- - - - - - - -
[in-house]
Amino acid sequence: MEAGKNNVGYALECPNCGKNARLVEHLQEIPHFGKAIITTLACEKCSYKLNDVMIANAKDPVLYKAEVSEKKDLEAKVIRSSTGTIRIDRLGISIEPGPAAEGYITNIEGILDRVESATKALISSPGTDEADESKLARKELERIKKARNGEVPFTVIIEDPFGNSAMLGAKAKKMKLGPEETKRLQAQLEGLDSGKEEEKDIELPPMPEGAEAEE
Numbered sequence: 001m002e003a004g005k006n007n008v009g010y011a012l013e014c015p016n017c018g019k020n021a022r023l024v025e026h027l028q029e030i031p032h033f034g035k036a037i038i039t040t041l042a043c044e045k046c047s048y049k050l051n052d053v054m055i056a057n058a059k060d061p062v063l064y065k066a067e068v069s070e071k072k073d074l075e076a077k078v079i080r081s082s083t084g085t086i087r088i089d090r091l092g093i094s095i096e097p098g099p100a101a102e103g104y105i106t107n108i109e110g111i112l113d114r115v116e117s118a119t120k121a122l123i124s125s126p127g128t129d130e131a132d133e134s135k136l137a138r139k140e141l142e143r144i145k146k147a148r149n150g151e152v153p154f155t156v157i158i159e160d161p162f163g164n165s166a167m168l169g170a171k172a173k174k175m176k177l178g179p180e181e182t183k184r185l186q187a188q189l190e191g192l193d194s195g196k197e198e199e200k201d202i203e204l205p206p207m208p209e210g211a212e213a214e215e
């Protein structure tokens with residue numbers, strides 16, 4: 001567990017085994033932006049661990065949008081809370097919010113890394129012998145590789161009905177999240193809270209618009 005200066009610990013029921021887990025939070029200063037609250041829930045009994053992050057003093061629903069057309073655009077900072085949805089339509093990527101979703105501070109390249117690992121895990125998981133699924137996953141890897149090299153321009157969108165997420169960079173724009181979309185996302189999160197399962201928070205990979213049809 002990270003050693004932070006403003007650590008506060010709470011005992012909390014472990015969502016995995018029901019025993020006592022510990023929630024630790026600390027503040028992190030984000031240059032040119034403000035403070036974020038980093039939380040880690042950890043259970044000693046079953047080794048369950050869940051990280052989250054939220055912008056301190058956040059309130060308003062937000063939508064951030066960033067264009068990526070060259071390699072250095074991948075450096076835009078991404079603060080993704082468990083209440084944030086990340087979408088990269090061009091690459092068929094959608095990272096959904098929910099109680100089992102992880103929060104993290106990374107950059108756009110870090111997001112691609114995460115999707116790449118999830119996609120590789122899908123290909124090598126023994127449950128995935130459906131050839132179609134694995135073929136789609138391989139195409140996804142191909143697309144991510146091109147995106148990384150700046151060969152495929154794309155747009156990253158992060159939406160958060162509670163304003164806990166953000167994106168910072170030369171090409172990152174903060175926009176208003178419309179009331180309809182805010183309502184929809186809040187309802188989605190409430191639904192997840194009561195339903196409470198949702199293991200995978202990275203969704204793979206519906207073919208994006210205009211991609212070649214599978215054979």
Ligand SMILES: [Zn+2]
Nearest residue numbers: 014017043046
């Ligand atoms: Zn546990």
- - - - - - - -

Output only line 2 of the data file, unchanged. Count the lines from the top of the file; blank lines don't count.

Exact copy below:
Amino acid sequence: MEAGKNNVGYALECPNCGKNARLVEHLQEIPHFGKAIITTLACEKCSYKLNDVMIANAKDPVLYKAEVSEKKDLEAKVIRSSTGTIRIDRLGISIEPGPAAEGYITNIEGILDRVESATKALISSPGTDEADESKLARKELERIKKARNGEVPFTVIIEDPFGNSAMLGAKAKKMKLGPEETKRLQAQLEGLDSGKEEEKDIELPPMPEGAEAEE